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*Jamaa Fanaka was born on this date in 1942. He was a Black film director and media activist.
He was born Walter Gordon in Jackson, Miss., one of five children of Robert and Beatrice Gordon. His family moved to the Los Angeles area when he was a boy, his father was an electrician. After serving in the Air Force, he was adrift until he entered a community college film program, which led him to the U.C.L.A. film school.
He made three commercial feature films before graduating: “Welcome Home, Brother Charles” (1975), “Emma Mae” and “Penitentiary (1976) made while he attended film school and released after his graduation. He graduated summa cum laude and by then had changed his name to Jamaa Fanaka, derived from the Swahili for “together we will find success.”
Fanaka was part of what film scholars called the L.A. Rebellion, a small group of Black U.C.L.A. film school graduates who matured in the late 1970s, near the end of the blaxploitation era. The group’s defining aesthetic was to move beyond pimp stereotypes and funk soundtracks in film portrayals of Blacks. Unlike most of the other filmmakers, Fanaka, a Billy Wilder fan, wanted to make movies that were both serious and popular.
“Penitentiary,” starring Leon Isaac Kennedy as a wrongfully imprisoned man, who finds redemption as a prison boxer, received mixed reviews but became the most financially successful independent movie of 1979. As luck would have it he released it during the first boom in affordable VCRs and movies on videocassette. He made sequels to “Penitentiary” in 1982 and 1987. The film was also considered an artistic breakthrough. Allyson Nadia Field, a professor of cinema studies at U.C.L.A. “People think the beginning of independent Black film making was ‘She’s Gotta Have It,’ ” she said, referring to Spike Lee’s 1986 watershed hit. “But really, it was Fanaka’s ‘Penitentiary.’ ”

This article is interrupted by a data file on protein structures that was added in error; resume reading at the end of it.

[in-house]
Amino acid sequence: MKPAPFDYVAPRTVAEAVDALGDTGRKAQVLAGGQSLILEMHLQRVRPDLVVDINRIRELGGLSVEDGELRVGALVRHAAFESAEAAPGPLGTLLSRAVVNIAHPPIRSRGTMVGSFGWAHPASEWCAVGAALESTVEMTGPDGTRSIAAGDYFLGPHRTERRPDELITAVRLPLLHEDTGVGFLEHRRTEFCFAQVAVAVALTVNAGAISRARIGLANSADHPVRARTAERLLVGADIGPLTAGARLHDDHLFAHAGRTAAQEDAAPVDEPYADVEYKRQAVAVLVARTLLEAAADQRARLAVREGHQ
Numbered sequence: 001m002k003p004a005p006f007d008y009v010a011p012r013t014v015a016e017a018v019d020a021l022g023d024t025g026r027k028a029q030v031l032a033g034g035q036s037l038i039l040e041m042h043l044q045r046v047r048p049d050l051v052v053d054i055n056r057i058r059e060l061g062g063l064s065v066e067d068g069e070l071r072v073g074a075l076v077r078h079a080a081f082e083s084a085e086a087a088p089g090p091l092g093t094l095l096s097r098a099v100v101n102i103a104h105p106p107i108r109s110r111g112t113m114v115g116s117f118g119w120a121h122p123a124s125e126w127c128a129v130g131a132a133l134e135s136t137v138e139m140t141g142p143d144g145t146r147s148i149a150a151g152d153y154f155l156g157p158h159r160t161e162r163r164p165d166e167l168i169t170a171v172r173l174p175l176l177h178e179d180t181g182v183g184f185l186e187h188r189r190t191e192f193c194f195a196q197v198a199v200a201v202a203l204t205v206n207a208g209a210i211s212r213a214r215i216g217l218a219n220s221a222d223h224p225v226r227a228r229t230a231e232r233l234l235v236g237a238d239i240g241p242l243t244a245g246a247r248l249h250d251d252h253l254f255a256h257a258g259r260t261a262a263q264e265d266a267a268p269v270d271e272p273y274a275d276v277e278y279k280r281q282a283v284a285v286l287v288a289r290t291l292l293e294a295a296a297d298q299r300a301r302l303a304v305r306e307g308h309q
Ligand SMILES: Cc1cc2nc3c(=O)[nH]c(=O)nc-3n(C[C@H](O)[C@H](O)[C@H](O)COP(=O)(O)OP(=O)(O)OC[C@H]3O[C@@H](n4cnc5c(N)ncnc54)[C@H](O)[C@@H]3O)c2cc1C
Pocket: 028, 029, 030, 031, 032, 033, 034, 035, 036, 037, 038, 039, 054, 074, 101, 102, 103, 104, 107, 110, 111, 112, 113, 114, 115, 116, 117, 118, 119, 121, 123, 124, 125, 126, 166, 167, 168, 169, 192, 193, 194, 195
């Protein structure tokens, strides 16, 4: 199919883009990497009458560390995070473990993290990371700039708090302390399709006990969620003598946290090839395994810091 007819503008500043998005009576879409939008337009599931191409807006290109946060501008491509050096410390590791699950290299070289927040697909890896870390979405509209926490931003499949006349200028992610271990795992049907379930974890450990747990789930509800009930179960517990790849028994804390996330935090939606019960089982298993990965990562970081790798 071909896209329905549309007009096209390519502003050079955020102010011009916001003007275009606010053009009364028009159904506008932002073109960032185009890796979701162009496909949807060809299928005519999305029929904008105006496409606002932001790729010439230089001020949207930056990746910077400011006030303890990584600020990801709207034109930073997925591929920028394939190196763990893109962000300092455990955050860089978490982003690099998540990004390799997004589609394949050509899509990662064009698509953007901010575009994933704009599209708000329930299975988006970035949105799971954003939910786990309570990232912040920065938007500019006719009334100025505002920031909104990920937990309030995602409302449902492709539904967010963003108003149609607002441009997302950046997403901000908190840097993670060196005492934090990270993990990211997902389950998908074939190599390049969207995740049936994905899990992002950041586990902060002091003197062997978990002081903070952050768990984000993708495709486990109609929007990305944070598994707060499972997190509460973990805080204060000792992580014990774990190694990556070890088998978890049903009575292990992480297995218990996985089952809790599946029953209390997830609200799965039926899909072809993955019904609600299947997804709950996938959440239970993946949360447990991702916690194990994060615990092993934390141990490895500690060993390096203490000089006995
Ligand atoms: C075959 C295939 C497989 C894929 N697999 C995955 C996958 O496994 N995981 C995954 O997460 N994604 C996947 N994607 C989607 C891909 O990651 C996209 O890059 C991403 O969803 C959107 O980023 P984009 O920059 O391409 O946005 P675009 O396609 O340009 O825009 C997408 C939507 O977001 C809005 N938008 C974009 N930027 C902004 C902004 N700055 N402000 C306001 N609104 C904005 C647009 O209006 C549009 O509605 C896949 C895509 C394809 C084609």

Fanaka became one of the few Black members of the Directors Guild of America, but he found the guild to be insularly saying it rarely acted on its promises to encourage studios to hire more women and members of minority groups. He brought a series of class-action lawsuits against the guild in the early 1990s, claiming that its word-of-mouth system of alerting directors about job opportunities was inherently discriminatory and a violation of the Civil Rights Act of 1964.
“He wrote the briefs himself; he paid the court costs; it became his mission for future filmmakers, was how he saw it,” said Jacqueline Stewart, a professor of radio, television, and film and African American studies at Northwestern University, who interviewed Fanaka. The suits sought a more transparent system of notification and the establishment of minority training programs. But a federal judge later threw them out on technicalities, and Fanaka was termed “a vexatious litigant.”
He rejected some movie opportunities after “Penitentiary” because he considered them to be in the blaxploitation mold, Ms. Stewart said. Jan-Christopher Horak, director of the U.C.L.A. film and television archive, said of Fanaka: “In a way, his major accomplishment was a kind of a failure to have tried and failed to significantly change the racial politics of his profession. He was punished for it. The guild, the studios, they treated him like a crank. But he was not a crank."
Jamaa Fanaka, a filmmaker who had considerable success in 1979 with “Penitentiary,” a feature-length movie he made while still in film school, but who claimed to have been blacklisted afterward for raising questions about a dearth of jobs for Black directors in Hollywood, died of complications of diabetes on April 1, 2012, in Los Angeles.
He was 69. At the time of his death, Fanaka was working on his eighth film, a documentary about hip-hop culture. He told the film blogger Jeff Brummett that he wished he had made more films, but that he was proud of what he had accomplished, both as a filmmaker and as an activist.